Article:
The inaugural Aotea Ecology Festival was a success in bringing together locals passionate about ecology, with support from the Aotea / Great Barrier Local Board.
Annual funding from the board of $30,000 for the Aotea Ecology Vision Facilitator role contributed to delivery of a well-executed festival. It was the first year of this festival, having replaced the annual Pestival event to include the wide range of ecological work going on that isn’t pest related.
“The local board is proud to support an opportunity for all our hard-working environmental groups to get together and share their amazing mahi with their community. It was an aspiring event to say the least,” says local board chair, Izzy Fordham.
The event involved stalls and displays from the island’s environmental groups, schools, and government agencies, as well as presentations from guest speakers.
"Our aim for Ecology Festival 2023 was to create an inclusive and positive space for the Aotea community to come together in celebration of people, place, land, sea and sky,” says Ecology Vision facilitator and event organiser, Lydia Green.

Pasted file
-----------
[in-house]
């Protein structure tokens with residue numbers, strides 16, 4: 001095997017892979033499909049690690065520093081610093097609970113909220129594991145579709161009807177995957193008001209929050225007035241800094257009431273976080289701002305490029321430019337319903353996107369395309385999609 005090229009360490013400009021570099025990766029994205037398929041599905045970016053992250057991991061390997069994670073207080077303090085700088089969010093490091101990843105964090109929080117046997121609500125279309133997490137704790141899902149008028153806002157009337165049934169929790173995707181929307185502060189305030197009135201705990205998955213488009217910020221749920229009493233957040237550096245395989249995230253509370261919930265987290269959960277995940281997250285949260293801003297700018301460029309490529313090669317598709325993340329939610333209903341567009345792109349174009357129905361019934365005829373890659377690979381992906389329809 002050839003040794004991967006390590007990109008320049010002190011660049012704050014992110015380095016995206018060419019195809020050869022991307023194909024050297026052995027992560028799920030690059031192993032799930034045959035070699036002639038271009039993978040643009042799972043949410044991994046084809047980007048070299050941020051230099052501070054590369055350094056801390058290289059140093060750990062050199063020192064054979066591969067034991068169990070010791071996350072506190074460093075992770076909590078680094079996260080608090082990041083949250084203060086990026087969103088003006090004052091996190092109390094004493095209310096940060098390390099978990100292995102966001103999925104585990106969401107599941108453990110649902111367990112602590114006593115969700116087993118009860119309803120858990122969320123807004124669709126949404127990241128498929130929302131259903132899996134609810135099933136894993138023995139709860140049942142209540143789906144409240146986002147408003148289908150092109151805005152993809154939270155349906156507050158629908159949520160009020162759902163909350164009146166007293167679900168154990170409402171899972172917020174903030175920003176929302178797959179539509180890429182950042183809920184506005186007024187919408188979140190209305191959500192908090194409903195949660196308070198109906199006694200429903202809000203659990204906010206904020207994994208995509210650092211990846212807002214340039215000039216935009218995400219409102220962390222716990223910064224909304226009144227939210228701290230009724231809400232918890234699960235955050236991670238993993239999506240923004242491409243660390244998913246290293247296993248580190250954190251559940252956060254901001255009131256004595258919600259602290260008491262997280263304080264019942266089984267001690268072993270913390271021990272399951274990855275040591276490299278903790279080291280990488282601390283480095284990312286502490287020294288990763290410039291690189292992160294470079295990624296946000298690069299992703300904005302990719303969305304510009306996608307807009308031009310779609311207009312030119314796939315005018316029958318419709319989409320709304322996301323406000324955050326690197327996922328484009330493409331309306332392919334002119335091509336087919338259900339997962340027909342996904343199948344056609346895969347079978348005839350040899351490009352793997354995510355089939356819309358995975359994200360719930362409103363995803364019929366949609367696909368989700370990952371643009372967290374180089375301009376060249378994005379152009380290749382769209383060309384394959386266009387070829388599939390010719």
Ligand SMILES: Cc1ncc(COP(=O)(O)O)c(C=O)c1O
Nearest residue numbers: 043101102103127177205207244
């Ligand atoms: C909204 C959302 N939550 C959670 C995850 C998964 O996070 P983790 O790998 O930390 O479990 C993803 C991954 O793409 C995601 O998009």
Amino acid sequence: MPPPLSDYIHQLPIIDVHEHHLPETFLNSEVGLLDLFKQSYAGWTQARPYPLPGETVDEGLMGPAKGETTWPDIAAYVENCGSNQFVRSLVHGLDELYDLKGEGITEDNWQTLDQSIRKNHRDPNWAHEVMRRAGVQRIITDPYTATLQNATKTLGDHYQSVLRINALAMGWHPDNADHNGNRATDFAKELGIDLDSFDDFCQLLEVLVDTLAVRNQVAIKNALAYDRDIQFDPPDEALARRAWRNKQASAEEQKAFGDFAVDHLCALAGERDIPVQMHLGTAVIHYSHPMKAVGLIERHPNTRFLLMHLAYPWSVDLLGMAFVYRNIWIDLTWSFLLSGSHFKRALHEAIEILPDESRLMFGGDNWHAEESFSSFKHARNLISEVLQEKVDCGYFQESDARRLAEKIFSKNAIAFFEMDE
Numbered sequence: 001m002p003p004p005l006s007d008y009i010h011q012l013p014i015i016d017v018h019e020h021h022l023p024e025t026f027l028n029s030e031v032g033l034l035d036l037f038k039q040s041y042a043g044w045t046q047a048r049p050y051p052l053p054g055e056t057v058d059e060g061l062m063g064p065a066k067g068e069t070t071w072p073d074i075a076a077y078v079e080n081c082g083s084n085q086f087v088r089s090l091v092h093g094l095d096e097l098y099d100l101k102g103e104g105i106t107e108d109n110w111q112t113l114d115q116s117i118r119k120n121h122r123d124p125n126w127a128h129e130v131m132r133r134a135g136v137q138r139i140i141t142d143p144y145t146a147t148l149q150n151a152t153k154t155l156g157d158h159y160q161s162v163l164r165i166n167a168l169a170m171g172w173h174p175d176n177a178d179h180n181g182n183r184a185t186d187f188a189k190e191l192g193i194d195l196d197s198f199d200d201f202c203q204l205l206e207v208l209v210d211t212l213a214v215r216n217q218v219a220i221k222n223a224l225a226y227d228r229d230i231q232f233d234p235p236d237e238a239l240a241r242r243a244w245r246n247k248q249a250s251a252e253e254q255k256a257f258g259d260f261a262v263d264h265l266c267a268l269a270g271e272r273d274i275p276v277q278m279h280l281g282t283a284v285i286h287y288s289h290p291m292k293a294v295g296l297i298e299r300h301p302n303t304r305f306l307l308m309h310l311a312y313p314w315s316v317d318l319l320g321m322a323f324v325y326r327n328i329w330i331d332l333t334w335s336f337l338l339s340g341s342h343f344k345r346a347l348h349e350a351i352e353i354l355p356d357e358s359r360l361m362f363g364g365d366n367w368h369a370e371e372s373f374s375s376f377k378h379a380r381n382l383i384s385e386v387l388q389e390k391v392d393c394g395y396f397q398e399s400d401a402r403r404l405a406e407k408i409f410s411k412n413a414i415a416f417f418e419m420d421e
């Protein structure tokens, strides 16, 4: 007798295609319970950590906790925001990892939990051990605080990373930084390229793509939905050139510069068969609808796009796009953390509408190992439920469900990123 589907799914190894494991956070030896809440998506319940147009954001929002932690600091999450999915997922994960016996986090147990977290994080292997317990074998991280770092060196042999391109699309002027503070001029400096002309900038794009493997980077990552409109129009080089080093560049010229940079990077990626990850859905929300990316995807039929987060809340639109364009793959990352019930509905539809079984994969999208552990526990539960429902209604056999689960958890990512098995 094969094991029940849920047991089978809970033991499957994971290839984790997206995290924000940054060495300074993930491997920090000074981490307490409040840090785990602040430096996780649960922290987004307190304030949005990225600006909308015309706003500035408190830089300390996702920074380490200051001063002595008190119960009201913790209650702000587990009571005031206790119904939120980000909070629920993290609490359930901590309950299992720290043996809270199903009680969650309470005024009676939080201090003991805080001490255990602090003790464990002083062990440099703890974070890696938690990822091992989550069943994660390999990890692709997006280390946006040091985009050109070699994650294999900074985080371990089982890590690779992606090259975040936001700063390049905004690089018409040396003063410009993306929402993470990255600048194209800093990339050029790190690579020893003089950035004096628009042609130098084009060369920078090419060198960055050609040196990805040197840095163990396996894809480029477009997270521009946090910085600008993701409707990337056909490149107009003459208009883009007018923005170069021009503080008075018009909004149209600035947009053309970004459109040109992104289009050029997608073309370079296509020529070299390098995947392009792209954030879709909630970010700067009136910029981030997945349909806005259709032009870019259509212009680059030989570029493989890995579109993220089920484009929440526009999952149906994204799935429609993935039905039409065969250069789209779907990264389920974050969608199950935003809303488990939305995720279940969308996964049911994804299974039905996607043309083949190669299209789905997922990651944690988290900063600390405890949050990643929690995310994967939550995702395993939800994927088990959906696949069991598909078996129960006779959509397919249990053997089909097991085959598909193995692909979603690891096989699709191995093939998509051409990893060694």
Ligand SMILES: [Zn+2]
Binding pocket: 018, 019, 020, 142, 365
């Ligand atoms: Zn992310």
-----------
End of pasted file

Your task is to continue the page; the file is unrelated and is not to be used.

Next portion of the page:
“We were thrilled with the turnout and response from the community and feel confident that our aim has been achieved."
Lydia gave a presentation about her work with Manta Watch NZ, including an update about national manta ray sightings and her photo identification project.
Another of the presenters was Glenn Edney, a researcher at the University of Auckland, who is involved in the Ahu Moana pilot project on Aotea. He explains the purpose of the project is for local mana whenua and community groups to work together and look at environmental monitoring and management from different perspectives.
“There’s the te ao Māori perspective that the moana is our ancestor, and we have a responsibility to look after it. There’s also the modern scientific approach which tends more towards measurement. We’ll measure things so that we can take the most we can possibly take,” says Glenn.
“Then there’s small communities where everybody has a relationship with the place.
“If we can get to a point where we honour all those relationships, and they all play a part in the decision-making about our activities in our relationship with the moana then we have moved into a completely different realm. That’s what the Ahu Moana project means to me.”
The other presentations on the day were from Cam Speedy on the drivers of predator management in Aotearoa, Sam the Trap Man sharing his knowledge about the different uses of plants in our ngāhere (forest), and Hiku Davis on treading lightly and working with a sense of the past within his role for Tū Mai Taonga as wahi tapu advisor.
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